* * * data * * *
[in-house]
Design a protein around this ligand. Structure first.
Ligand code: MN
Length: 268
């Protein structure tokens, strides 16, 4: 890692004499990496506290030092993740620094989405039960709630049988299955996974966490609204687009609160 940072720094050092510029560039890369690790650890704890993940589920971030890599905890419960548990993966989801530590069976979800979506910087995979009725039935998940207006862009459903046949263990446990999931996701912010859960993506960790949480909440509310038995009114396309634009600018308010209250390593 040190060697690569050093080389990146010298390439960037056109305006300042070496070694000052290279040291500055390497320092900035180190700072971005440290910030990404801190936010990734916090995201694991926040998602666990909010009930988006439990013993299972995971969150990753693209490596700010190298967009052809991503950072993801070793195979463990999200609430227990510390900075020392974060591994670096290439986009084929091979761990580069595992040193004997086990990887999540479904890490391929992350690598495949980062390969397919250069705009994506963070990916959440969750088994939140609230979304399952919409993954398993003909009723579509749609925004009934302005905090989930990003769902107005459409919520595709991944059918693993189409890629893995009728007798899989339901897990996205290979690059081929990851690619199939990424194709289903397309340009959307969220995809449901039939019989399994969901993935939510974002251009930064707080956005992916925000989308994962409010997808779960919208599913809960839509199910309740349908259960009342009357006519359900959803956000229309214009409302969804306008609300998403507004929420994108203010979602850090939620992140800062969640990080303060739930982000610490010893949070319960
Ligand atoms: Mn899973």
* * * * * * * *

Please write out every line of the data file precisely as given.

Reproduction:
[in-house]
Design a protein around this ligand. Structure first.
Ligand code: MN
Length: 268
């Protein structure tokens, strides 16, 4: 890692004499990496506290030092993740620094989405039960709630049988299955996974966490609204687009609160 940072720094050092510029560039890369690790650890704890993940589920971030890599905890419960548990993966989801530590069976979800979506910087995979009725039935998940207006862009459903046949263990446990999931996701912010859960993506960790949480909440509310038995009114396309634009600018308010209250390593 040190060697690569050093080389990146010298390439960037056109305006300042070496070694000052290279040291500055390497320092900035180190700072971005440290910030990404801190936010990734916090995201694991926040998602666990909010009930988006439990013993299972995971969150990753693209490596700010190298967009052809991503950072993801070793195979463990999200609430227990510390900075020392974060591994670096290439986009084929091979761990580069595992040193004997086990990887999540479904890490391929992350690598495949980062390969397919250069705009994506963070990916959440969750088994939140609230979304399952919409993954398993003909009723579509749609925004009934302005905090989930990003769902107005459409919520595709991944059918693993189409890629893995009728007798899989339901897990996205290979690059081929990851690619199939990424194709289903397309340009959307969220995809449901039939019989399994969901993935939510974002251009930064707080956005992916925000989308994962409010997808779960919208599913809960839509199910309740349908259960009342009357006519359900959803956000229309214009409302969804306008609300998403507004929420994108203010979602850090939620992140800062969640990080303060739930982000610490010893949070319960
Ligand atoms: Mn899973």